He talked about finances. When he became governor, he said, he faced a deficit in the budget left to him by his predecessor. There was only a billion dollars in reserves. When he left after eight years, he had eight balanced budgets, he had reduced taxes and he had $10 billion in reserve. He’d also grown the economy by a greater percentage than any other state except California.
Prosperity is very important to him. His goal, he said, is to increase America’s annual growth rate from its current 2% to 4%. He would reduce government regulation. He would unleash American business. And that would cause increased prosperity for all. Greatness lies ahead.
“The rich today are out of the recession,” he said. “But for everybody else it isn’t. And it’s hard to start a business. To start a business in California, you have to buy two different $800 business permits. Most people starting a small business do so with about $10,000. For $1,600, you get nothing. Why do that?”
Jeb said he would repeal Obamacare, if he could, but he doesn’t think that will happen. If it were repealed, though, he would replace it with “disaster” coverage. He said that when a sickness could destroy a person or his family financially, the government should step in. It wasn’t clear to me if he meant just certain people would get this coverage or if everybody would. When I had a chance, I asked him.
“I meant everybody,” he said.
He talked about America’s place in the world. He said we are pulling back and so others are stepping forward to fill the void. He said we should lead. Leading from behind is not leadership. He would, he said, spend lots of money to rebuild the military.
“What countries do we have better relationships with since Obama became President?” he asked. “I think three. Iran, Myanmar, maybe half for India. That’s it. We should be strengthening relationships with our friends, not our enemies.”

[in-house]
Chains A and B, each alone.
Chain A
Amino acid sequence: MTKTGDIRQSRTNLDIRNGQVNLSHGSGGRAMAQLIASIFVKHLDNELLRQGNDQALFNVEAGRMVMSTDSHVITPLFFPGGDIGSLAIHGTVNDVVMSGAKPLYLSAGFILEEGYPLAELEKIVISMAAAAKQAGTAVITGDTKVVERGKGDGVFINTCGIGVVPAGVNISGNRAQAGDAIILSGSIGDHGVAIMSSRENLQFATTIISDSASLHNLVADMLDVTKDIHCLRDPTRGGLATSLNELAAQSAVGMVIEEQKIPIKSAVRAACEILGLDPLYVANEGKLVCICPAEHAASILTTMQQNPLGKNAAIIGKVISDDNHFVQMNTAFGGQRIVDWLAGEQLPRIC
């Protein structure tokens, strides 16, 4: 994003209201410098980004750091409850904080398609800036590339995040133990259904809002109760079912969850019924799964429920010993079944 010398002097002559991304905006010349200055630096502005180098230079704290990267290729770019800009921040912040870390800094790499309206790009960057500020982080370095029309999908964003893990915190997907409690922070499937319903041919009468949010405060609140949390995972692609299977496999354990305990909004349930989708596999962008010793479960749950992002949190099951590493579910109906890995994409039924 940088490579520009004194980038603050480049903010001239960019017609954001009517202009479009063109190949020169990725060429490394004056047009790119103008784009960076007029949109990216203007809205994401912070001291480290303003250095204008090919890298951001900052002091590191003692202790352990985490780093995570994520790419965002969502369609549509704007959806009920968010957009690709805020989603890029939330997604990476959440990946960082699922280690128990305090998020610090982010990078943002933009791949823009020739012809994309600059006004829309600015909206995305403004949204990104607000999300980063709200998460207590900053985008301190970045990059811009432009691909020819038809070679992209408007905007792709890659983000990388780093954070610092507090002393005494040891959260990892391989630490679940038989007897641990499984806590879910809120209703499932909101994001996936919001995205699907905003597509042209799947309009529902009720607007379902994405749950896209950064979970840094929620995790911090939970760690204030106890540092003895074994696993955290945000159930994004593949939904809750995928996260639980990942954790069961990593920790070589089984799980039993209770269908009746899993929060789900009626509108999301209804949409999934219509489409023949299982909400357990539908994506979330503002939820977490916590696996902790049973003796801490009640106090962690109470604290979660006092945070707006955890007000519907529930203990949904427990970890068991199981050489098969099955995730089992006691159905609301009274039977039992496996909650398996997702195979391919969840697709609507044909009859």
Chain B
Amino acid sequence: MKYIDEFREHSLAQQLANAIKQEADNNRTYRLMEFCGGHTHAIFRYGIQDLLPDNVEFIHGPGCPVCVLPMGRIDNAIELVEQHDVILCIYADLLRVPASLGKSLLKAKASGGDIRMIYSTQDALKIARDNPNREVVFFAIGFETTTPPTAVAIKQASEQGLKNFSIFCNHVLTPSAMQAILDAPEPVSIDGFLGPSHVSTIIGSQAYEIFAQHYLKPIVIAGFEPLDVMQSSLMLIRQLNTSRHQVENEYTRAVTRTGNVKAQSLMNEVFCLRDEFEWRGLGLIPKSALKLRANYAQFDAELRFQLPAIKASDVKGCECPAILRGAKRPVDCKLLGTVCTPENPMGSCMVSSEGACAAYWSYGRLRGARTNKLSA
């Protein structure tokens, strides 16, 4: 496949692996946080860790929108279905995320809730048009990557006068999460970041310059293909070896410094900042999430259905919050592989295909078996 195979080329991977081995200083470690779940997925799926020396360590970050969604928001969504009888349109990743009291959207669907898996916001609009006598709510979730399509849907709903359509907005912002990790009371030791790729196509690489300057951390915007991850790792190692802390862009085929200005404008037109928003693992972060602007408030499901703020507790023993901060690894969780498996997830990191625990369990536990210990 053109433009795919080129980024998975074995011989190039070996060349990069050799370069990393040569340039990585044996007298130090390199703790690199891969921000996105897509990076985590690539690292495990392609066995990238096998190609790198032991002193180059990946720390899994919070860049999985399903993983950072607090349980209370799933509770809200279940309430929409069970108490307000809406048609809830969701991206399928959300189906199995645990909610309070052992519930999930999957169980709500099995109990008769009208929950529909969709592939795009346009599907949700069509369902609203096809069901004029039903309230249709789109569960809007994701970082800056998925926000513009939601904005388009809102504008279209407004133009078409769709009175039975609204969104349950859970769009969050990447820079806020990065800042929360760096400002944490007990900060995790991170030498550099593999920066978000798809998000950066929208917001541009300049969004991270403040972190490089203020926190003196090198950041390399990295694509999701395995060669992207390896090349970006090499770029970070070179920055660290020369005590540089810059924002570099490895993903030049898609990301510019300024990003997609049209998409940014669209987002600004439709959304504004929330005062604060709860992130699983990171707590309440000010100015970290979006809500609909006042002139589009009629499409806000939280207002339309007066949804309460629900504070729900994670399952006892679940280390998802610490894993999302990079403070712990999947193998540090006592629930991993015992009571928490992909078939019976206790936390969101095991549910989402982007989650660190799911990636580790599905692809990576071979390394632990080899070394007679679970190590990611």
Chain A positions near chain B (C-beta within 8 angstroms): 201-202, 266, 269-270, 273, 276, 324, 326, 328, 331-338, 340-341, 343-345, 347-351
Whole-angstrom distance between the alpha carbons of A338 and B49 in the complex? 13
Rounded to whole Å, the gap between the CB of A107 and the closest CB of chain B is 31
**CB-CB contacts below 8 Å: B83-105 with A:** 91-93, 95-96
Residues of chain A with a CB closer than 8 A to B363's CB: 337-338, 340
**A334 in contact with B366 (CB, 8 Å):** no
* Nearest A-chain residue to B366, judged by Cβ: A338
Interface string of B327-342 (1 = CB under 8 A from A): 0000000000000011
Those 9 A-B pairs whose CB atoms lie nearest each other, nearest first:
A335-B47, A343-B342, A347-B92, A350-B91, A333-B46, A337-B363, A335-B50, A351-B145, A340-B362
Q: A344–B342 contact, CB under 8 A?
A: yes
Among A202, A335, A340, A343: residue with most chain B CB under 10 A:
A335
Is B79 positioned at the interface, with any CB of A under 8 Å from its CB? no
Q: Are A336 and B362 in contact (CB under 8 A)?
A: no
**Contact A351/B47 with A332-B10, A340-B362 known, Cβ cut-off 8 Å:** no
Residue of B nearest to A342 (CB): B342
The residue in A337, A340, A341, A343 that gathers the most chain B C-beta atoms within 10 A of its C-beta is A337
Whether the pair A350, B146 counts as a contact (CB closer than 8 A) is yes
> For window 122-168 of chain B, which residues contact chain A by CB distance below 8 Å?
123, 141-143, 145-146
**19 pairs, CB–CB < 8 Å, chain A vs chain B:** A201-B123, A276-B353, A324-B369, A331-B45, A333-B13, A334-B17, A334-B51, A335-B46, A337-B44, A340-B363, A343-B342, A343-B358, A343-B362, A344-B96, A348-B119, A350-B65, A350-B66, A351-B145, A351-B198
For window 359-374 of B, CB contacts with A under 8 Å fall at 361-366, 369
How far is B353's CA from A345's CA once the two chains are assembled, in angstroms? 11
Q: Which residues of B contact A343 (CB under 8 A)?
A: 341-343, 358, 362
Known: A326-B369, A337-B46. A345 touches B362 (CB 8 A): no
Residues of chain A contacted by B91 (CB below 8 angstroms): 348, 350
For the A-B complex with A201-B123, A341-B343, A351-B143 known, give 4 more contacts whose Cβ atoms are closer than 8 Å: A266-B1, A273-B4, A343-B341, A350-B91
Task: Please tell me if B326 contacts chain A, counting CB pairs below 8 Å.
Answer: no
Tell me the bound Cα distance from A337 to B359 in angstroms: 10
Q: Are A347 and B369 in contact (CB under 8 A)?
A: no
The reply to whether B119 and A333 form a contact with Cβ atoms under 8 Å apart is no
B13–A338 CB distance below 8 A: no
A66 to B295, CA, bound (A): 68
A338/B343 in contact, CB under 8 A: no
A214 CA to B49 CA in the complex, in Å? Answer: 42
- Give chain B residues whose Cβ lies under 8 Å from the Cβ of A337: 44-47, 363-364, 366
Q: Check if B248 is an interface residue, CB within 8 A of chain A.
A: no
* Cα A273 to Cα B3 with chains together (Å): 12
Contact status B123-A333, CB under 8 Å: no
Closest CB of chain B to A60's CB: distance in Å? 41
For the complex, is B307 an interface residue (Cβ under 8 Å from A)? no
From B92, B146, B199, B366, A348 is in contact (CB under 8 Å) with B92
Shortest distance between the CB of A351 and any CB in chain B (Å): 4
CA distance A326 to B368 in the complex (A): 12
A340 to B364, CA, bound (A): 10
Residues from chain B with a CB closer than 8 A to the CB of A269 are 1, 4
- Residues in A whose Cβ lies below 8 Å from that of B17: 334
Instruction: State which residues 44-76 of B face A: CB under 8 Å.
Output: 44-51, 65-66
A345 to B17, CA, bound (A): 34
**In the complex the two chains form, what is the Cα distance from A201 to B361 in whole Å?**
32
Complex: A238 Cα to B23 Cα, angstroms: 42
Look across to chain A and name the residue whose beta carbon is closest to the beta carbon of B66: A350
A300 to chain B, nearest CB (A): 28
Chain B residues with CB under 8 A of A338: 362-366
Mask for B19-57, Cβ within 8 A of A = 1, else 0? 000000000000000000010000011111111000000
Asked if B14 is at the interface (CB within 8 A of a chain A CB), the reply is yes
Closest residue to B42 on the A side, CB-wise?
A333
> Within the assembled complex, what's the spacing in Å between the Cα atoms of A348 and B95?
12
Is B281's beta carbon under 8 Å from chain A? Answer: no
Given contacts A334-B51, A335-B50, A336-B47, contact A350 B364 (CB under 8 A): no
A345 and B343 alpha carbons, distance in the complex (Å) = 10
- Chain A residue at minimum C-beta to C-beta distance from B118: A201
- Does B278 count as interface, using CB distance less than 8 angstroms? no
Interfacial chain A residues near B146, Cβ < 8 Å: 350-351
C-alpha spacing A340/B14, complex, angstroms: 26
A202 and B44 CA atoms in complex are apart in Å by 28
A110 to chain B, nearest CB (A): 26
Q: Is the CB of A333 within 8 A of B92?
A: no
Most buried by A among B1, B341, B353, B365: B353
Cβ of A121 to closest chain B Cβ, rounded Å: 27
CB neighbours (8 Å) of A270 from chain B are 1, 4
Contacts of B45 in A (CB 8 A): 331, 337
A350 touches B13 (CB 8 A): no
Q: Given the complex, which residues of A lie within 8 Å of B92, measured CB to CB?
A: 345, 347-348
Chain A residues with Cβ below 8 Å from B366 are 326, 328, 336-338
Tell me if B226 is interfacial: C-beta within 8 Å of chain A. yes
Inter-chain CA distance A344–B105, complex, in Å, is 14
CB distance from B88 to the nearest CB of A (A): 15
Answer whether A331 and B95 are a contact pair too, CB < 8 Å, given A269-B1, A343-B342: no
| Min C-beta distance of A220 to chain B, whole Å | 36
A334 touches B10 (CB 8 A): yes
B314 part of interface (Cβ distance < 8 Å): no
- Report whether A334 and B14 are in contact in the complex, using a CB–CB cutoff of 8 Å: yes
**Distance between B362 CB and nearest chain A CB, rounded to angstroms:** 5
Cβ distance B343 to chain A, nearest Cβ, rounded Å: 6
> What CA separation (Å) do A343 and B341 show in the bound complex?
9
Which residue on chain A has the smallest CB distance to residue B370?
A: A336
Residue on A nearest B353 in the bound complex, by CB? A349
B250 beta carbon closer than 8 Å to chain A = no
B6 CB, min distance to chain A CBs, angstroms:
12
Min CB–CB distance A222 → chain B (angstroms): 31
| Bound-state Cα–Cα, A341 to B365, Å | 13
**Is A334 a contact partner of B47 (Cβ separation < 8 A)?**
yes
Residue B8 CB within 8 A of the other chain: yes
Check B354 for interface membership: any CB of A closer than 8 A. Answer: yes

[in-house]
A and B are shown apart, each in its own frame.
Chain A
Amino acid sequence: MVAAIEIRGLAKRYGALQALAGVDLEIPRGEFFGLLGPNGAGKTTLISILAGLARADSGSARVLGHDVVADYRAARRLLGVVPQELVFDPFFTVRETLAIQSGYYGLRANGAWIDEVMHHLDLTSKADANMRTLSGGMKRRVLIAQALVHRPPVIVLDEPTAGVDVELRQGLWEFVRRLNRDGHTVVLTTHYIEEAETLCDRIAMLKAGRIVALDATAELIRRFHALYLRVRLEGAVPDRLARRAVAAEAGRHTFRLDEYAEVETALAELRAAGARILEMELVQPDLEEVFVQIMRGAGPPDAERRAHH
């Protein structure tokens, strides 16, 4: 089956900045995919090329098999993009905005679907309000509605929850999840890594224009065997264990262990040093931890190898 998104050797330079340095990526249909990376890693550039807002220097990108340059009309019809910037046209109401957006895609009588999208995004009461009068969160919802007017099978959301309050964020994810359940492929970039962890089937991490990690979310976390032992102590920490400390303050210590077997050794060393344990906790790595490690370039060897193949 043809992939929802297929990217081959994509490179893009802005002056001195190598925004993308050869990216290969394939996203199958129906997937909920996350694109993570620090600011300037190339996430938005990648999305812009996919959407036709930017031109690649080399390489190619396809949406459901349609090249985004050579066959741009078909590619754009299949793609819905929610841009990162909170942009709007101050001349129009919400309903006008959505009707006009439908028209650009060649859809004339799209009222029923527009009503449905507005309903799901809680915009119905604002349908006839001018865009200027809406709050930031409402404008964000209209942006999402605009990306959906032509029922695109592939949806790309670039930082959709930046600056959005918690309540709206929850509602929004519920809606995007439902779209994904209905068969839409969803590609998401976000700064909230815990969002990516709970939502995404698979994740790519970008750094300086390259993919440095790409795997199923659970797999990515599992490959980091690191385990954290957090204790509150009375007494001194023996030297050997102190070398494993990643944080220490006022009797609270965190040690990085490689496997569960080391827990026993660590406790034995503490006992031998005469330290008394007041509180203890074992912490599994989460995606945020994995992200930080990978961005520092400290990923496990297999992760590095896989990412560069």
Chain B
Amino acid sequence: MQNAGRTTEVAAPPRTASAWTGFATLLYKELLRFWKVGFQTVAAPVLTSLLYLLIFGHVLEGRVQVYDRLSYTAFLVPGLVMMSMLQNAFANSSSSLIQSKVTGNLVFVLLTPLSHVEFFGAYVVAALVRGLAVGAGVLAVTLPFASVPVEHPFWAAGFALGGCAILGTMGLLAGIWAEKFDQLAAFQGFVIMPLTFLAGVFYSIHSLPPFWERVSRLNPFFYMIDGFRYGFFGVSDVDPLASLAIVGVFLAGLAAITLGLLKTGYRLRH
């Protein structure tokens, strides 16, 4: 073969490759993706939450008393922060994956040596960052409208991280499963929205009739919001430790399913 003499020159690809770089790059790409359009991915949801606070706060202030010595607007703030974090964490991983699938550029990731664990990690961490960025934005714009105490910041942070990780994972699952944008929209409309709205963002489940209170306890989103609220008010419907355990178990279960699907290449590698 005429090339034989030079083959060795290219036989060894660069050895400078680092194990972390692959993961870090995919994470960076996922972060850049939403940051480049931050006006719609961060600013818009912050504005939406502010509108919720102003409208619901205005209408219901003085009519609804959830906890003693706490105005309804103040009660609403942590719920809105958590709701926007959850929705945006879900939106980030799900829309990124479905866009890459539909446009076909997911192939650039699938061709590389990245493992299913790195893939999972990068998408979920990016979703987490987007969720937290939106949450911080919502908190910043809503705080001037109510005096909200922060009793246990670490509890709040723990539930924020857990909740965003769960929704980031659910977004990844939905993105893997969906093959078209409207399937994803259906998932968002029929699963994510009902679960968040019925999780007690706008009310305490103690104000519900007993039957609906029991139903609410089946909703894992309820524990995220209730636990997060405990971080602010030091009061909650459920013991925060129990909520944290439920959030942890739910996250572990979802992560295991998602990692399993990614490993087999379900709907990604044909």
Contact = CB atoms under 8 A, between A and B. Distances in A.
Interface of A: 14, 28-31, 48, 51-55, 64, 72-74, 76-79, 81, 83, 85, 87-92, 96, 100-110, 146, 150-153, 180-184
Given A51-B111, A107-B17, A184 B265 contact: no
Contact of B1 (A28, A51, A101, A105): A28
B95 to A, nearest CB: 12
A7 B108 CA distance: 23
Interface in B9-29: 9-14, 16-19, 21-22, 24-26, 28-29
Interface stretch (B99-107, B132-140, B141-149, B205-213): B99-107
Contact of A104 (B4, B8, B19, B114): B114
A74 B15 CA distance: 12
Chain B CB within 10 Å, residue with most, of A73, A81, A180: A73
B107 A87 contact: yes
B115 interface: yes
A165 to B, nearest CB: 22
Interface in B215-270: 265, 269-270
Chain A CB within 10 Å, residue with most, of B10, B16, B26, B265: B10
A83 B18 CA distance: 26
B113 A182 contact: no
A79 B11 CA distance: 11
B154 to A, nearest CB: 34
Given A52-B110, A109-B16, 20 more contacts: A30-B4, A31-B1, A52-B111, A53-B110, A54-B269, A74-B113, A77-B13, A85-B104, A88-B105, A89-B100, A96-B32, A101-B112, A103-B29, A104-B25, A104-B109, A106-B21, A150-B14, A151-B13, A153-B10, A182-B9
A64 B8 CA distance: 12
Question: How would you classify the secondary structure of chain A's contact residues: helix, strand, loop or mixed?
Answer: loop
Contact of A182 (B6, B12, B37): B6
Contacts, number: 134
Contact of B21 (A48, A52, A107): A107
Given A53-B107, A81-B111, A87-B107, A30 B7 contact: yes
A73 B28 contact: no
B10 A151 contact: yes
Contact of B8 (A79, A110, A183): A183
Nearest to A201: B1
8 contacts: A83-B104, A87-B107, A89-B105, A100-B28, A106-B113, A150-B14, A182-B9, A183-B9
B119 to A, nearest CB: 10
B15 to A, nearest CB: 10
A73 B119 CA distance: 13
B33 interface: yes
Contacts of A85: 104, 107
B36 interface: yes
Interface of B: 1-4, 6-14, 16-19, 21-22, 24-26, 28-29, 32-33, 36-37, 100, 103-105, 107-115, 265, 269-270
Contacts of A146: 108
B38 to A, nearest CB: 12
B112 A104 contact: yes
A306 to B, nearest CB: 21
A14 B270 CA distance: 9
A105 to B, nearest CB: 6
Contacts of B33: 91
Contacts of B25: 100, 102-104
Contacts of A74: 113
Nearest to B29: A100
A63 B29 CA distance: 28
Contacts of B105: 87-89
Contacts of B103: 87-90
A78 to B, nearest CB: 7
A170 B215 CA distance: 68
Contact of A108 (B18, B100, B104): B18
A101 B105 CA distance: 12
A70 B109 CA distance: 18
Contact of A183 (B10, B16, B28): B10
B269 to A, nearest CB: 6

He said he would create as much communication as he could with China, but it would be at arms length. He would make it very clear we had Japan’s back, and we had South Korea’s back. It was a belligerent stance. And personally I found myself at odds with him about this. President Obama in my view has done a remarkable job with foreign policy, using sanctions and persuasion rather than invasion and war. There have been no large American military casualties on Obama’s watch. America doesn’t have to run everything, or else.
Bush didn’t talk at all about “pro-life” or women’s rights, but when I read about it later I learned he was very pro-life. On the other hand, in Florida, abortion is only prohibited after 24 weeks of pregnancy when doctors say a fetus passes a “pain threshold.” This is not protecting an unborn from the beginning.
I also learned in reading up on him that Jeb is opposed to gay marriage. He has said you have to balance the views of those who believe in the sanctity of a traditional marriage—it’s in the Bible—with those who support gay marriage. But because there is separation of church and state, I think this thinking is flawed.
When I’ve met presidential candidates before, I have always come away star-struck for a week. They had these stump speeches. I did not come away from meeting Jeb Bush feeling that way. What I did think is that if he were President, he wouldn’t screw it up any. He might turn the country to the right for sure. But he wasn’t a nut case.
“I’m not going to say one thing before a liberal group and another before a conservative group,” he said. “I have a record and experience. Others do not. I want to win, but I want it to be because others want it.”